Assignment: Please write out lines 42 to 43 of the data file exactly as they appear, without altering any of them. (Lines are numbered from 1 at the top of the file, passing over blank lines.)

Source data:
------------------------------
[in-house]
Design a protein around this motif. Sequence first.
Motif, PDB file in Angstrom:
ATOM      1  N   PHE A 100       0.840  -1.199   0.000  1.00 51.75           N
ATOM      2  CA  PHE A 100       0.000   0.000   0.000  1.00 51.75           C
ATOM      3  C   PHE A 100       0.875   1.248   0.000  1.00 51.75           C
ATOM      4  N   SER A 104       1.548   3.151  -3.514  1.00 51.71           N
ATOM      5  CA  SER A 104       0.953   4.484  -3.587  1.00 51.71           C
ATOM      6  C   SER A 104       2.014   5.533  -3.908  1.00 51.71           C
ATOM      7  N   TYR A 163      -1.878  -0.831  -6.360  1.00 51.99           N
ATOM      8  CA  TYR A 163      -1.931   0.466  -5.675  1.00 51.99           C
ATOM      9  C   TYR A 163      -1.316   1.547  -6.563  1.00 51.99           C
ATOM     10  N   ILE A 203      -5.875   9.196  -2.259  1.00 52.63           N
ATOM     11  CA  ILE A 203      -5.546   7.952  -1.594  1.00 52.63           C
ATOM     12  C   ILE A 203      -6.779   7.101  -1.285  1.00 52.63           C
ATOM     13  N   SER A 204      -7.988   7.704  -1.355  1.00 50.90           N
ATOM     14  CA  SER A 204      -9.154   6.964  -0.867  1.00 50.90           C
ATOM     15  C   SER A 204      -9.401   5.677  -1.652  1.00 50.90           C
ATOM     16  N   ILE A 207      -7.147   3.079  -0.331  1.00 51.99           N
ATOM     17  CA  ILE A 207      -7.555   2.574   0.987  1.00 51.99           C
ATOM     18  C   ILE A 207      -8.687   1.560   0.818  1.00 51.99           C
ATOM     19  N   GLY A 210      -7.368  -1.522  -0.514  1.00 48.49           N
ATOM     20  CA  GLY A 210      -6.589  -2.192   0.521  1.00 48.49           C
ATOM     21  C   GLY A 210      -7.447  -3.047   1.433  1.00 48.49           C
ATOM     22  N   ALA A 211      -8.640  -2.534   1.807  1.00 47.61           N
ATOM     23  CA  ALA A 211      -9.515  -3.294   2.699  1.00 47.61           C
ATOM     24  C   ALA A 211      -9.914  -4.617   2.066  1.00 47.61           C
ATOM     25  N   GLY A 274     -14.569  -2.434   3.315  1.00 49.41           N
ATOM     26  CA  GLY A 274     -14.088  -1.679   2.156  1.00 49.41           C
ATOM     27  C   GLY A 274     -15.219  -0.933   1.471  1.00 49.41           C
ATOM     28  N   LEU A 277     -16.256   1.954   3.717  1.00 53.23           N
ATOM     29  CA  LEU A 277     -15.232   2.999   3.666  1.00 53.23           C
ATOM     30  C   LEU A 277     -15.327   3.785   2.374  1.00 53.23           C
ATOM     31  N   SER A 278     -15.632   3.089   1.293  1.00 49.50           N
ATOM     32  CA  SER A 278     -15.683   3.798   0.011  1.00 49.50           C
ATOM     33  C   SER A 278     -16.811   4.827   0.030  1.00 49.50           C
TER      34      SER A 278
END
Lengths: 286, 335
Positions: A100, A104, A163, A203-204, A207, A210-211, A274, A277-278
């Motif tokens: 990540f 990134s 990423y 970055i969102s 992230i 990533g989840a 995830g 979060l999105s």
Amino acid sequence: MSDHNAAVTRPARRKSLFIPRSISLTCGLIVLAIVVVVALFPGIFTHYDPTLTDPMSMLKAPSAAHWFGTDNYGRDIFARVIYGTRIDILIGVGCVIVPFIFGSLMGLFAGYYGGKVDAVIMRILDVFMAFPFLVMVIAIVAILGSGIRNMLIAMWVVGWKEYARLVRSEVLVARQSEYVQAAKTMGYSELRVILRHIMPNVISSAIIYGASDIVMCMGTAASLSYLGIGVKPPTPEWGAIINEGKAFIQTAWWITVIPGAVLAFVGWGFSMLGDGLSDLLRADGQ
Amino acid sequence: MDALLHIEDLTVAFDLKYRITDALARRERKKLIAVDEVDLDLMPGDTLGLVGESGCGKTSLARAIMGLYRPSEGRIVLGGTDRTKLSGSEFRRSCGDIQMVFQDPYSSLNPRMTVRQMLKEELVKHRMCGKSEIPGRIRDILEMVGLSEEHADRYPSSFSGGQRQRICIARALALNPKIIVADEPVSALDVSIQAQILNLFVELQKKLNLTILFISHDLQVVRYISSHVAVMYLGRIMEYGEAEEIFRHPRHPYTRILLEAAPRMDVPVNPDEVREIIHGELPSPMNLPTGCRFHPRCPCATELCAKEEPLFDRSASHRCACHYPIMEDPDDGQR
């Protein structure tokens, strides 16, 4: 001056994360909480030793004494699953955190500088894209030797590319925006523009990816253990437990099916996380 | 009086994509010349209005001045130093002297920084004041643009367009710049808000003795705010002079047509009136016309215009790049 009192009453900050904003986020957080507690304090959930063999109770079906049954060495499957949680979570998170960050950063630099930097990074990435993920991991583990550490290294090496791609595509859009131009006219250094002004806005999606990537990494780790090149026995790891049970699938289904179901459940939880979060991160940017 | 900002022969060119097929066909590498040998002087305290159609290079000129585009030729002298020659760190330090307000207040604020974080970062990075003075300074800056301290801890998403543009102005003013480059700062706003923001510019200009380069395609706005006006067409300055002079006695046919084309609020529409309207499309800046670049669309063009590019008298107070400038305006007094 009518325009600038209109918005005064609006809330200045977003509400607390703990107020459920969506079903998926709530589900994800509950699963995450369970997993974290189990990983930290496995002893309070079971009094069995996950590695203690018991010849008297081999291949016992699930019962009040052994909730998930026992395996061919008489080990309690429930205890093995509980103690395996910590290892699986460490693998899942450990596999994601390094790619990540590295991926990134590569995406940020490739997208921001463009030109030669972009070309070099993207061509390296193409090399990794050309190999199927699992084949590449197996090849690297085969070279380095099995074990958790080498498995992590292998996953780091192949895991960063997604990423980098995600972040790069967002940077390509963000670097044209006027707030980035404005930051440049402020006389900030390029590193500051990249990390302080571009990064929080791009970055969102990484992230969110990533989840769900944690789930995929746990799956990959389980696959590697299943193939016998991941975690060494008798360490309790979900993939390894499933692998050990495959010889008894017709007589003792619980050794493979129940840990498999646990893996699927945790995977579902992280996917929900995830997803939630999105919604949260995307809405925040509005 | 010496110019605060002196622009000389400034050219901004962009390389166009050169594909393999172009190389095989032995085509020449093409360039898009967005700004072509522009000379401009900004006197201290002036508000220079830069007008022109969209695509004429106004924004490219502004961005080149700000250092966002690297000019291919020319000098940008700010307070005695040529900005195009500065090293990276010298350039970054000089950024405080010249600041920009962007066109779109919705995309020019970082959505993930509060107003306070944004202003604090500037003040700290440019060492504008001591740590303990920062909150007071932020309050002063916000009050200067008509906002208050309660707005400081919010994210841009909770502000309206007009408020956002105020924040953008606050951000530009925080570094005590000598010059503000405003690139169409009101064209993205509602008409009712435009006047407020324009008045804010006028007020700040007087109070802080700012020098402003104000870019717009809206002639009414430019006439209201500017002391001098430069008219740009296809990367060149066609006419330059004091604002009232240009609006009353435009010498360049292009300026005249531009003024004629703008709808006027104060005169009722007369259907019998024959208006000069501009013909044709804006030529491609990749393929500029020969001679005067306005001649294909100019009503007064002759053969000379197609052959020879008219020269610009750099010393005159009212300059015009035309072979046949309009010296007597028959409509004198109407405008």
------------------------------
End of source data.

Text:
Amino acid sequence: MSDHNAAVTRPARRKSLFIPRSISLTCGLIVLAIVVVVALFPGIFTHYDPTLTDPMSMLKAPSAAHWFGTDNYGRDIFARVIYGTRIDILIGVGCVIVPFIFGSLMGLFAGYYGGKVDAVIMRILDVFMAFPFLVMVIAIVAILGSGIRNMLIAMWVVGWKEYARLVRSEVLVARQSEYVQAAKTMGYSELRVILRHIMPNVISSAIIYGASDIVMCMGTAASLSYLGIGVKPPTPEWGAIINEGKAFIQTAWWITVIPGAVLAFVGWGFSMLGDGLSDLLRADGQ
Amino acid sequence: MDALLHIEDLTVAFDLKYRITDALARRERKKLIAVDEVDLDLMPGDTLGLVGESGCGKTSLARAIMGLYRPSEGRIVLGGTDRTKLSGSEFRRSCGDIQMVFQDPYSSLNPRMTVRQMLKEELVKHRMCGKSEIPGRIRDILEMVGLSEEHADRYPSSFSGGQRQRICIARALALNPKIIVADEPVSALDVSIQAQILNLFVELQKKLNLTILFISHDLQVVRYISSHVAVMYLGRIMEYGEAEEIFRHPRHPYTRILLEAAPRMDVPVNPDEVREIIHGELPSPMNLPTGCRFHPRCPCATELCAKEEPLFDRSASHRCACHYPIMEDPDDGQR